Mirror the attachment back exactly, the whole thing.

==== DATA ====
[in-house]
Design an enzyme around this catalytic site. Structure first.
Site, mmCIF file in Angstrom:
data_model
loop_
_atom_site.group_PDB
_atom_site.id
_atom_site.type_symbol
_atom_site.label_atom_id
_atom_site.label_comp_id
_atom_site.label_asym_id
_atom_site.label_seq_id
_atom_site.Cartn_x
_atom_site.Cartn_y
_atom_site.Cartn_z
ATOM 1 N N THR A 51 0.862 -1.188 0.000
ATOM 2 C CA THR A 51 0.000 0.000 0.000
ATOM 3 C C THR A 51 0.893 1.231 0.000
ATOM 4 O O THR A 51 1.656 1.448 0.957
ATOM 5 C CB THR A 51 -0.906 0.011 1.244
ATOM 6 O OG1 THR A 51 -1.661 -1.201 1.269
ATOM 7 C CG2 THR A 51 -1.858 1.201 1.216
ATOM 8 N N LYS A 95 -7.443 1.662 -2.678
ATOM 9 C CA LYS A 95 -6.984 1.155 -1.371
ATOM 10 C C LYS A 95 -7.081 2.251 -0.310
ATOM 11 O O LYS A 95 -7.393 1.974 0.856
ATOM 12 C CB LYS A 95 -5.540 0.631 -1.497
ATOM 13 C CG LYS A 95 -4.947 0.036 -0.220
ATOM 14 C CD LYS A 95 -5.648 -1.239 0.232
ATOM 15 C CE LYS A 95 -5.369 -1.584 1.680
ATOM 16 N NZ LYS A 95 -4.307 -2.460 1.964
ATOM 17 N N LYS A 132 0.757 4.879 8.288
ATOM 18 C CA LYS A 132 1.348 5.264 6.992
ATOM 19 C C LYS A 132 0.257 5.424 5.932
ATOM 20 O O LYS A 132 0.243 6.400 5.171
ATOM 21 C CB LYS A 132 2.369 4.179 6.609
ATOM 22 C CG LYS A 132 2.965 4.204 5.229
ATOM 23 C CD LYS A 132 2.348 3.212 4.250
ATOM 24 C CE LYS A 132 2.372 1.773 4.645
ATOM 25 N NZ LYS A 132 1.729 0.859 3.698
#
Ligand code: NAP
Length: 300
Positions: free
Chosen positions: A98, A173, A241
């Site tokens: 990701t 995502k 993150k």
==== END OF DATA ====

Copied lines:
[in-house]
Design an enzyme around this catalytic site. Structure first.
Site, mmCIF file in Angstrom:
data_model
loop_
_atom_site.group_PDB
_atom_site.id
_atom_site.type_symbol
_atom_site.label_atom_id
_atom_site.label_comp_id
_atom_site.label_asym_id
_atom_site.label_seq_id
_atom_site.Cartn_x
_atom_site.Cartn_y
_atom_site.Cartn_z
ATOM 1 N N THR A 51 0.862 -1.188 0.000
ATOM 2 C CA THR A 51 0.000 0.000 0.000
ATOM 3 C C THR A 51 0.893 1.231 0.000
ATOM 4 O O THR A 51 1.656 1.448 0.957
ATOM 5 C CB THR A 51 -0.906 0.011 1.244
ATOM 6 O OG1 THR A 51 -1.661 -1.201 1.269
ATOM 7 C CG2 THR A 51 -1.858 1.201 1.216
ATOM 8 N N LYS A 95 -7.443 1.662 -2.678
ATOM 9 C CA LYS A 95 -6.984 1.155 -1.371
ATOM 10 C C LYS A 95 -7.081 2.251 -0.310
ATOM 11 O O LYS A 95 -7.393 1.974 0.856
ATOM 12 C CB LYS A 95 -5.540 0.631 -1.497
ATOM 13 C CG LYS A 95 -4.947 0.036 -0.220
ATOM 14 C CD LYS A 95 -5.648 -1.239 0.232
ATOM 15 C CE LYS A 95 -5.369 -1.584 1.680
ATOM 16 N NZ LYS A 95 -4.307 -2.460 1.964
ATOM 17 N N LYS A 132 0.757 4.879 8.288
ATOM 18 C CA LYS A 132 1.348 5.264 6.992
ATOM 19 C C LYS A 132 0.257 5.424 5.932
ATOM 20 O O LYS A 132 0.243 6.400 5.171
ATOM 21 C CB LYS A 132 2.369 4.179 6.609
ATOM 22 C CG LYS A 132 2.965 4.204 5.229
ATOM 23 C CD LYS A 132 2.348 3.212 4.250
ATOM 24 C CE LYS A 132 2.372 1.773 4.645
ATOM 25 N NZ LYS A 132 1.729 0.859 3.698
#
Ligand code: NAP
Length: 300
Positions: free
Chosen positions: A98, A173, A241
């Site tokens: 990701t 995502k 993150k």